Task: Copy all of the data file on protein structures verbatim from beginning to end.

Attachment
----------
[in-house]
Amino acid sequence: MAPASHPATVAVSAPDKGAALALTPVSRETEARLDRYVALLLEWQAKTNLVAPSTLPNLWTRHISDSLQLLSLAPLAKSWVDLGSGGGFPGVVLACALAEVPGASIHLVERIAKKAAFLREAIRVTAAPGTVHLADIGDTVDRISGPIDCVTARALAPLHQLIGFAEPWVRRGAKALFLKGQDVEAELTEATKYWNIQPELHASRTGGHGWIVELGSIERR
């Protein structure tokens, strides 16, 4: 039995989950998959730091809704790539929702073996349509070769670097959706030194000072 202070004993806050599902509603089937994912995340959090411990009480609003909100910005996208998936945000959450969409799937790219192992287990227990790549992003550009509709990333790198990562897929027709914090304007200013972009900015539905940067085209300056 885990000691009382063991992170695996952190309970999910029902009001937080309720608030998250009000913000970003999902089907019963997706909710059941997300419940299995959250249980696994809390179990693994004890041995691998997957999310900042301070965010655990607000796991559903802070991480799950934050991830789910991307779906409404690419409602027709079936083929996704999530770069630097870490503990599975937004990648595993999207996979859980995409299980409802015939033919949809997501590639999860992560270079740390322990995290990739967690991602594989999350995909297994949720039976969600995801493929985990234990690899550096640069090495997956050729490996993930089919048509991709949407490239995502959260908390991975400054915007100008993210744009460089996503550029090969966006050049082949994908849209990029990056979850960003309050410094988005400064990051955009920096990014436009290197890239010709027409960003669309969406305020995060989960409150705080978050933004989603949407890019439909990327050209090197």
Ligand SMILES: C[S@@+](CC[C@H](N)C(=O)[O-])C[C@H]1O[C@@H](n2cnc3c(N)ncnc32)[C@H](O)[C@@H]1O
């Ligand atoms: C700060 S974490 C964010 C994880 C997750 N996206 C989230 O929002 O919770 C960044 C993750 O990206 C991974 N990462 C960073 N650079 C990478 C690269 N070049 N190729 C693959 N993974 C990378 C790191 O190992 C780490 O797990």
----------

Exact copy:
[in-house]
Amino acid sequence: MAPASHPATVAVSAPDKGAALALTPVSRETEARLDRYVALLLEWQAKTNLVAPSTLPNLWTRHISDSLQLLSLAPLAKSWVDLGSGGGFPGVVLACALAEVPGASIHLVERIAKKAAFLREAIRVTAAPGTVHLADIGDTVDRISGPIDCVTARALAPLHQLIGFAEPWVRRGAKALFLKGQDVEAELTEATKYWNIQPELHASRTGGHGWIVELGSIERR
């Protein structure tokens, strides 16, 4: 039995989950998959730091809704790539929702073996349509070769670097959706030194000072 202070004993806050599902509603089937994912995340959090411990009480609003909100910005996208998936945000959450969409799937790219192992287990227990790549992003550009509709990333790198990562897929027709914090304007200013972009900015539905940067085209300056 885990000691009382063991992170695996952190309970999910029902009001937080309720608030998250009000913000970003999902089907019963997706909710059941997300419940299995959250249980696994809390179990693994004890041995691998997957999310900042301070965010655990607000796991559903802070991480799950934050991830789910991307779906409404690419409602027709079936083929996704999530770069630097870490503990599975937004990648595993999207996979859980995409299980409802015939033919949809997501590639999860992560270079740390322990995290990739967690991602594989999350995909297994949720039976969600995801493929985990234990690899550096640069090495997956050729490996993930089919048509991709949407490239995502959260908390991975400054915007100008993210744009460089996503550029090969966006050049082949994908849209990029990056979850960003309050410094988005400064990051955009920096990014436009290197890239010709027409960003669309969406305020995060989960409150705080978050933004989603949407890019439909990327050209090197």
Ligand SMILES: C[S@@+](CC[C@H](N)C(=O)[O-])C[C@H]1O[C@@H](n2cnc3c(N)ncnc32)[C@H](O)[C@@H]1O
């Ligand atoms: C700060 S974490 C964010 C994880 C997750 N996206 C989230 O929002 O919770 C960044 C993750 O990206 C991974 N990462 C960073 N650079 C990478 C690269 N070049 N190729 C693959 N993974 C990378 C790191 O190992 C780490 O797990």